Simple, lovely words about parenting from Bob Harris, Bill Murray’s character in Lost in Translation:
‘It’s the most terrifying day of your life the day the first one is born… Your life, as you know it, is gone, never to return. But they learn how to walk and they learn how to talk and you want to be with them. And they turn out to be the most delightful people you’ll ever meet in your life.’
2nd February, 8.00am
The delivery suite is so busy we were lucky to get a room. It’s basic, with an old bed and no en suite bathroom – at least we’ve got one and the Second Coming will have no illusions about our austere times. There have been a few traumas in addition to the human traffic jam, which has drawn in several of the embattled midwives. It means Debbie has had to abandon the maternity assessment centre and will now stay with us for the duration to deliver our baby. Understandably, she seems impatient to get on with it and return to her duties. The Duchess, however, wants time to freeze and is no longer keen to have a baby.
1st February, 9.40am
I’ve escorted the Duchess to the antenatal ward at St James’s for a ‘stretch and sweep’. The Second Coming is five days late, so the docs want to try and push things on a bit. When we got to full term plus seven days with the Boy Wonder, the Duchess had one of these procedures and later that night, a few hours after we’d fallen asleep, her waters broke and we left our house as a mere couple for the very last time. So, as much as the Duchess is dreading the discomfit of having a stranger prod and agitate her cervix, part of her hopes history will repeat itself. She’s nervous when we enter the treatment room but the consultant is lovely – the NHS in all of its human glory – and helpfully tells her that she did an excellent job giving birth to the Boy Wonder after 36 hours, and should expect an easier ride this time. The Duchess accidentally calls it a ‘Sooty and Sweep’, which lightens the mood. The nurse remarks that the Duchess doesn’t seem to have any stretch marks, despite the size of the bump. I retort: ‘That’s because she’s spent about five grand on luxurious oils and creams. We can’t afford a cot or a buggy but her skin sure is smooth.” We all laugh and after 30 seconds of obvious pain, the Duchess rights herself and we leave together strangely buoyant and optimistic.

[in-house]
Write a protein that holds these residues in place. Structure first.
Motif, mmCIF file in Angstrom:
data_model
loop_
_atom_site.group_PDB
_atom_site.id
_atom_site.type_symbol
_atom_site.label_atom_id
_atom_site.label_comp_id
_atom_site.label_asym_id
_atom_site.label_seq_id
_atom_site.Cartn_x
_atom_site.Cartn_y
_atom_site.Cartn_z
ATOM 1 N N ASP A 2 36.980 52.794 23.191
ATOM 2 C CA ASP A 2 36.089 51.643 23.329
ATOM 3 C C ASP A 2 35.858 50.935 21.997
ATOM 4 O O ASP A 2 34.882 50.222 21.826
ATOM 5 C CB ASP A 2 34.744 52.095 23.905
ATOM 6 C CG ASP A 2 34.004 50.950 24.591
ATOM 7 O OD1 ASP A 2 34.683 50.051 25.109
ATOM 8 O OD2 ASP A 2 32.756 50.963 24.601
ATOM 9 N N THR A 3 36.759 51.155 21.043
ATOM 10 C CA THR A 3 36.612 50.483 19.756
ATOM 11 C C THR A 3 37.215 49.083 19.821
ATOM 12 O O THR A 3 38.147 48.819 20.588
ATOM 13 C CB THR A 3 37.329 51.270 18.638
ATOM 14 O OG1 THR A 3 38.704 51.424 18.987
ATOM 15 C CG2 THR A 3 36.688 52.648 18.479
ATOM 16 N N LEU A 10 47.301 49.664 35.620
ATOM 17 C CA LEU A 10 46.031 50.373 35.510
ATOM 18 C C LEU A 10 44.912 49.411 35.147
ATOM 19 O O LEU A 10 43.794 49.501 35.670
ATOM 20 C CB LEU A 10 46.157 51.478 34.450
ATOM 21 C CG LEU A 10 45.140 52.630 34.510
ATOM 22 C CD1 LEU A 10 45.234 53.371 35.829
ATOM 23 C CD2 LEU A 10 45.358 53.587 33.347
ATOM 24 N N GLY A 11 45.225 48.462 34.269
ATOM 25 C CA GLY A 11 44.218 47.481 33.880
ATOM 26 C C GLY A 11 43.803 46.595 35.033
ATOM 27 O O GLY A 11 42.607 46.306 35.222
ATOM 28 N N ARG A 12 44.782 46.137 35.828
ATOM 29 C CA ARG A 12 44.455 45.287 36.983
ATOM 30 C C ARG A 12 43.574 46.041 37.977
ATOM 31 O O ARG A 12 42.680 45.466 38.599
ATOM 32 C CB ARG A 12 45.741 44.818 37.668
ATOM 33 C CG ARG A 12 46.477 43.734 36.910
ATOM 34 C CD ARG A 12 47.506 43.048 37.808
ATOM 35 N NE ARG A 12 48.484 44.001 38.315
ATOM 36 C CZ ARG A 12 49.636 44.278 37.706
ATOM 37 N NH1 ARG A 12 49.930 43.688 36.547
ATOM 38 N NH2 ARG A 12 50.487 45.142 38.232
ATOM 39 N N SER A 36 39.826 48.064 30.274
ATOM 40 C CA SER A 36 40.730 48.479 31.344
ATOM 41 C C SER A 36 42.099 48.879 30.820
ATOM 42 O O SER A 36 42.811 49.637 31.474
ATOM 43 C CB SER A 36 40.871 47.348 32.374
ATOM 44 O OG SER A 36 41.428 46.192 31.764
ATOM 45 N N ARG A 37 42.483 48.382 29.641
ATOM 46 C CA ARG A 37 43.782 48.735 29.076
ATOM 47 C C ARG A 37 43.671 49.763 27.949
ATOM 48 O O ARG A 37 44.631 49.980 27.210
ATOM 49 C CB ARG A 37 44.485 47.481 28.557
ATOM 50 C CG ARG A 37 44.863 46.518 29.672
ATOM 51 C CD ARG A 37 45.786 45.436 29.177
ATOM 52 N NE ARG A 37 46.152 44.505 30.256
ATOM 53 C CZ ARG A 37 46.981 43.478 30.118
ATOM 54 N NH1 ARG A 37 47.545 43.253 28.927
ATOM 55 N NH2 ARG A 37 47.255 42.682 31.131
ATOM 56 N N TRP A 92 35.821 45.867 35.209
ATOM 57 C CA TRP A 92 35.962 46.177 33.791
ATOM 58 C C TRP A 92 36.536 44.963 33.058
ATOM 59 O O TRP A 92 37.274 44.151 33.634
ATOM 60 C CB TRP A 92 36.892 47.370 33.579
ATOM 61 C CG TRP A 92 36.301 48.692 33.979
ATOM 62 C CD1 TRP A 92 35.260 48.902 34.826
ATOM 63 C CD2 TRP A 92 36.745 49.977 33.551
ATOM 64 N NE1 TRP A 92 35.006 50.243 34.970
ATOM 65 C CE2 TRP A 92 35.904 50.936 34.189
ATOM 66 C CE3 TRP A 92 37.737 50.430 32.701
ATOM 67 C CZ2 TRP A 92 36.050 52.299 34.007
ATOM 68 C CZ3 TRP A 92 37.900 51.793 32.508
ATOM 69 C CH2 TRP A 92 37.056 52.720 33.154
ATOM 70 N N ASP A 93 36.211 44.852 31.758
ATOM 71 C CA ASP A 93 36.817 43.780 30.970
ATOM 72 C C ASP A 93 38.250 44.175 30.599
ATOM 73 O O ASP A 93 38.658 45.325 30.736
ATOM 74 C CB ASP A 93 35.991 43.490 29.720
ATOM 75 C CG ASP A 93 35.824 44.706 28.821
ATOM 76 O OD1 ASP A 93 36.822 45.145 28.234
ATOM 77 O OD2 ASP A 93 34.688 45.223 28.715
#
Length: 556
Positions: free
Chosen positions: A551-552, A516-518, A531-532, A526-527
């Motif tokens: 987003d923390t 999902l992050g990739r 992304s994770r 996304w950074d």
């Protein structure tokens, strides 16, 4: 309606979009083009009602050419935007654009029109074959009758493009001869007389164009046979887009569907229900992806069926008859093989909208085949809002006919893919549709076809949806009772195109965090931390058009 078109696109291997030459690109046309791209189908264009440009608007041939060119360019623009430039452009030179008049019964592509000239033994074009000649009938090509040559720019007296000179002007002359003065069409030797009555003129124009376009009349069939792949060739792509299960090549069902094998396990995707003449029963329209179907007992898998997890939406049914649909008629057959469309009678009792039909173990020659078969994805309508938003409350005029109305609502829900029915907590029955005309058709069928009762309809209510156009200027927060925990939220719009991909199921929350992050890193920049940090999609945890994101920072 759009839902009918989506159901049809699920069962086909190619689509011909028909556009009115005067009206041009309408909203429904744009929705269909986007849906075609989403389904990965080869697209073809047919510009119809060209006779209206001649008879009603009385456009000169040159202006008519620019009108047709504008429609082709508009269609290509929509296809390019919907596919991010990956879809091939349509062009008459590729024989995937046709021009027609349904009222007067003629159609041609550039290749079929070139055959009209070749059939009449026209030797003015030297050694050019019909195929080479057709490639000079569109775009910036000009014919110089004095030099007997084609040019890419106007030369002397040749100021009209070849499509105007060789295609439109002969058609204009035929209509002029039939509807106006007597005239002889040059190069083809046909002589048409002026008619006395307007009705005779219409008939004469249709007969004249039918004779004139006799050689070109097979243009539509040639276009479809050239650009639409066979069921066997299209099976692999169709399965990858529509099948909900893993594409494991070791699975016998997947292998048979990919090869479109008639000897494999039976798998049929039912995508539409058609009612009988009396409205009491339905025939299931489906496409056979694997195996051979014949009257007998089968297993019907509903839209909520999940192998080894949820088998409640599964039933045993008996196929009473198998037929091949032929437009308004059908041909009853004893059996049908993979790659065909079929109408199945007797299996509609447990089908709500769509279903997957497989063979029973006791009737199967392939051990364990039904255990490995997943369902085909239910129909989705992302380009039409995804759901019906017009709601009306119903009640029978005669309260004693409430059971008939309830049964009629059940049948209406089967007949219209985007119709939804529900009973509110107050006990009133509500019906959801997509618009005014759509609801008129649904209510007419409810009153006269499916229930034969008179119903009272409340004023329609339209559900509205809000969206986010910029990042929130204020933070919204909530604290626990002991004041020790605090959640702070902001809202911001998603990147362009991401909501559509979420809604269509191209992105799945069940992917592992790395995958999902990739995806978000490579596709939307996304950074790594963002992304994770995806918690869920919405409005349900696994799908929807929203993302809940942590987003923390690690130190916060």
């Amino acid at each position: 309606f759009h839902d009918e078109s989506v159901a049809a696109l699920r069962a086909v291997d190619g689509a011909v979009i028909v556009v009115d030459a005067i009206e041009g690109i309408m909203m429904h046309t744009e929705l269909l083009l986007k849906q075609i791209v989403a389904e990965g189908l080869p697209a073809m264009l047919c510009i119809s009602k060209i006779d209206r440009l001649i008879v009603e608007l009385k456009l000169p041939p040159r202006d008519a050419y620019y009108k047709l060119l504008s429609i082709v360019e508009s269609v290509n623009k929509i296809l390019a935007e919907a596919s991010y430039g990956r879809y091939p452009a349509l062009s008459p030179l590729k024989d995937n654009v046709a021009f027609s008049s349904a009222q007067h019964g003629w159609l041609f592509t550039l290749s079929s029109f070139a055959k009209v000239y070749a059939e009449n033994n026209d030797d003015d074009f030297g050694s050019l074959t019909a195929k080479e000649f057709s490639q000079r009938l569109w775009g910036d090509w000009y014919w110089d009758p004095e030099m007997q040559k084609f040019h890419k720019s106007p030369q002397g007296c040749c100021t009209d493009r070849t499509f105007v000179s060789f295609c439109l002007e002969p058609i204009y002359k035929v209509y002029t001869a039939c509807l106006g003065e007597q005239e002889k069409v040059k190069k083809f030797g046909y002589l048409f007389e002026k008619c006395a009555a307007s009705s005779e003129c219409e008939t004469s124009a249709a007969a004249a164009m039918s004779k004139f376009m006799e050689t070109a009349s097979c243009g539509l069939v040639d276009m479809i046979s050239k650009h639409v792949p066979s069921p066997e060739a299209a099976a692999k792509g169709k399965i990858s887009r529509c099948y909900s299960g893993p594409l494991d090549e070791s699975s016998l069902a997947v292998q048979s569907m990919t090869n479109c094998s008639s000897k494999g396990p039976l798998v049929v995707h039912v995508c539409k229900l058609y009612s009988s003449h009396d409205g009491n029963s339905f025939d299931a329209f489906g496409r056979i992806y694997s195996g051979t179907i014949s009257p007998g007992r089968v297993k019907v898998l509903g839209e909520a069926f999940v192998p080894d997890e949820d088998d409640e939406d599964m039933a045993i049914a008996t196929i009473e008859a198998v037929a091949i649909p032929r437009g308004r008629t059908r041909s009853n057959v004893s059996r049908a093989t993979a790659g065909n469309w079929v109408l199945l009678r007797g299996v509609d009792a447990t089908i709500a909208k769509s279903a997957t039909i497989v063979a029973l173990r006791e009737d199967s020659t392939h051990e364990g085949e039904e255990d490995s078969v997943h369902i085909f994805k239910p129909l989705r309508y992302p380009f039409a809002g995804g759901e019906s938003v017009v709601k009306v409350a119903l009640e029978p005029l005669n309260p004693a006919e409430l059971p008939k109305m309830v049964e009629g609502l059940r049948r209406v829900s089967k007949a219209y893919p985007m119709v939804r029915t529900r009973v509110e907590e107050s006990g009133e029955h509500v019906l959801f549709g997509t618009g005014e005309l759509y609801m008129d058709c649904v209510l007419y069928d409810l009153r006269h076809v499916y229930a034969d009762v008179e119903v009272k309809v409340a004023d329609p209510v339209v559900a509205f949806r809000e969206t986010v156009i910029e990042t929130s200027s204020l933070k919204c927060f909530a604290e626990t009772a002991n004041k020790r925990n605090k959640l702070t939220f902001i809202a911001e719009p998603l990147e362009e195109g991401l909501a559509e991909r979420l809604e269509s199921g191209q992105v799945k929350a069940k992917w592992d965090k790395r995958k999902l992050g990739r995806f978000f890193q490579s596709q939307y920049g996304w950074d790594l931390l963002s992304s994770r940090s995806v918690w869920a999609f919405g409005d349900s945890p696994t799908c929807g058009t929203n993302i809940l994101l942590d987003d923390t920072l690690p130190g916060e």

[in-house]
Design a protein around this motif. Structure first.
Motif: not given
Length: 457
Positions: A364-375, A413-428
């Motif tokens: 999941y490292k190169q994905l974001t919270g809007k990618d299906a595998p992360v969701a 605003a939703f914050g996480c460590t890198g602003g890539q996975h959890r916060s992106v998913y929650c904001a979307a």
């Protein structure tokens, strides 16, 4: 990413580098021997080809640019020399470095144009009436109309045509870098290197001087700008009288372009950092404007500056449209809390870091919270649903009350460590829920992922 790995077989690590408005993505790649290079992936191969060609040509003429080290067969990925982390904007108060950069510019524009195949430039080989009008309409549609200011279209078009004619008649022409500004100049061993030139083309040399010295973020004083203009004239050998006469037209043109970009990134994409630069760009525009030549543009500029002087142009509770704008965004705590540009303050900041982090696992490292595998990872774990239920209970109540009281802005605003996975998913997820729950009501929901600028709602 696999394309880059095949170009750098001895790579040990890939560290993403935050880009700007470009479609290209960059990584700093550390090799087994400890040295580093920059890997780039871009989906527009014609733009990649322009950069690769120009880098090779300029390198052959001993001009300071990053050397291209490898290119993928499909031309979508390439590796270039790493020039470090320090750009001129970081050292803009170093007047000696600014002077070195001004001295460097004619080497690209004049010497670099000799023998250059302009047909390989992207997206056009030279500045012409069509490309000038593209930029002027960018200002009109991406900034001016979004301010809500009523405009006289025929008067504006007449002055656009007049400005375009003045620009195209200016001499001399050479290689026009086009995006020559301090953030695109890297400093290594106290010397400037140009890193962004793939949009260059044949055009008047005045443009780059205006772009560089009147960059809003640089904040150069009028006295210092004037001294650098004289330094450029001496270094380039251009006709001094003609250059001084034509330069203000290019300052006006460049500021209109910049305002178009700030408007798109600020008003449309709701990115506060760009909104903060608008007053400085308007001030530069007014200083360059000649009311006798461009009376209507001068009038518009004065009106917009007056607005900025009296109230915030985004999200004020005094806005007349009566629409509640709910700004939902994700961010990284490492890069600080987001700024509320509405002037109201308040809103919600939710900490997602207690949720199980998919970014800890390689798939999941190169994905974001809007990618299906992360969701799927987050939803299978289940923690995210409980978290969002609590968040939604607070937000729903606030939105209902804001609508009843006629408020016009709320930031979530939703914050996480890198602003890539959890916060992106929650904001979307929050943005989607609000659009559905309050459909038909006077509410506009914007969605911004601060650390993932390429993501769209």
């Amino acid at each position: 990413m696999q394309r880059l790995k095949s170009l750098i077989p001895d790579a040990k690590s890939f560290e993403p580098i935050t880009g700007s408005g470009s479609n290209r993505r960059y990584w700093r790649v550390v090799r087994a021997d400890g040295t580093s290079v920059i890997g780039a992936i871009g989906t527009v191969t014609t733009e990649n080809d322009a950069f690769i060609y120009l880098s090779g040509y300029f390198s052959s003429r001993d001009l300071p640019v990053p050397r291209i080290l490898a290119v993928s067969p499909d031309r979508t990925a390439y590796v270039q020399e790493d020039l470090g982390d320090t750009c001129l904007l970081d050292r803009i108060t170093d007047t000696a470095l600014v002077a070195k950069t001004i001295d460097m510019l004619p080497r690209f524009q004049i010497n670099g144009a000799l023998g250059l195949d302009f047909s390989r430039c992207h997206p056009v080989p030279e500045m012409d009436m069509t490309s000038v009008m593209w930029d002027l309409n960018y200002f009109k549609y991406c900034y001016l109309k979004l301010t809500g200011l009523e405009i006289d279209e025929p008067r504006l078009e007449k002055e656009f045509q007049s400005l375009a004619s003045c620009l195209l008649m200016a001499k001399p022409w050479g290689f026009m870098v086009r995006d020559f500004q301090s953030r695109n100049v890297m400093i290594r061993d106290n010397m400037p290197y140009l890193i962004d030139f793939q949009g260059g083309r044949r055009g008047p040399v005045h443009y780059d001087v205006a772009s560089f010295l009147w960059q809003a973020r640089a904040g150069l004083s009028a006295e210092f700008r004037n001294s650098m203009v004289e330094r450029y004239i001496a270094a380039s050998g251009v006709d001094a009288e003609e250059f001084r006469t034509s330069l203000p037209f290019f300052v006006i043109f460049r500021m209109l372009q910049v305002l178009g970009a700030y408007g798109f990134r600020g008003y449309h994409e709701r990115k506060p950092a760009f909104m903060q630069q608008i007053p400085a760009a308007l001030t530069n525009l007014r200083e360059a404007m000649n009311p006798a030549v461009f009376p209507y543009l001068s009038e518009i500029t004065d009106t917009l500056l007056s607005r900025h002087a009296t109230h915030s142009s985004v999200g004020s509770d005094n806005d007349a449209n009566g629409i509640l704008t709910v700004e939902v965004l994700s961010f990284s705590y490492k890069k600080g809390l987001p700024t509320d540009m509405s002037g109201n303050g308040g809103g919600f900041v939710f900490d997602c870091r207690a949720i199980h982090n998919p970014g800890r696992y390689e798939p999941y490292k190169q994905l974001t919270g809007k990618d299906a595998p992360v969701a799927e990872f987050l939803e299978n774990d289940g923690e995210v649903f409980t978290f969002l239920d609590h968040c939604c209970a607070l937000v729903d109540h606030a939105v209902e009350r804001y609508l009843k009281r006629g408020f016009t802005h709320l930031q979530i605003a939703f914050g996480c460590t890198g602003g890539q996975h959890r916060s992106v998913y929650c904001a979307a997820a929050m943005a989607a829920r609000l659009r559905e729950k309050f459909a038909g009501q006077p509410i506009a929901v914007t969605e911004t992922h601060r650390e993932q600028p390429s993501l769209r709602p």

Tick, tick, tick, tick, tick… In two weeks’ time, the Duchess is due to be legs akimbo in one of the premier lounges of the maternity ward at Jimmy’s producing the second heir to the daddyfool throne. Just at the moment the Boy Wonder is showing encouraging signs of self-sufficiency – moving with speed and power, debating whether the vehicle ahead is a van or truck, removing his socks in the snow – we will be doing it all again and then returning to our semi-detached palace with a little, wondrous, frightening baby.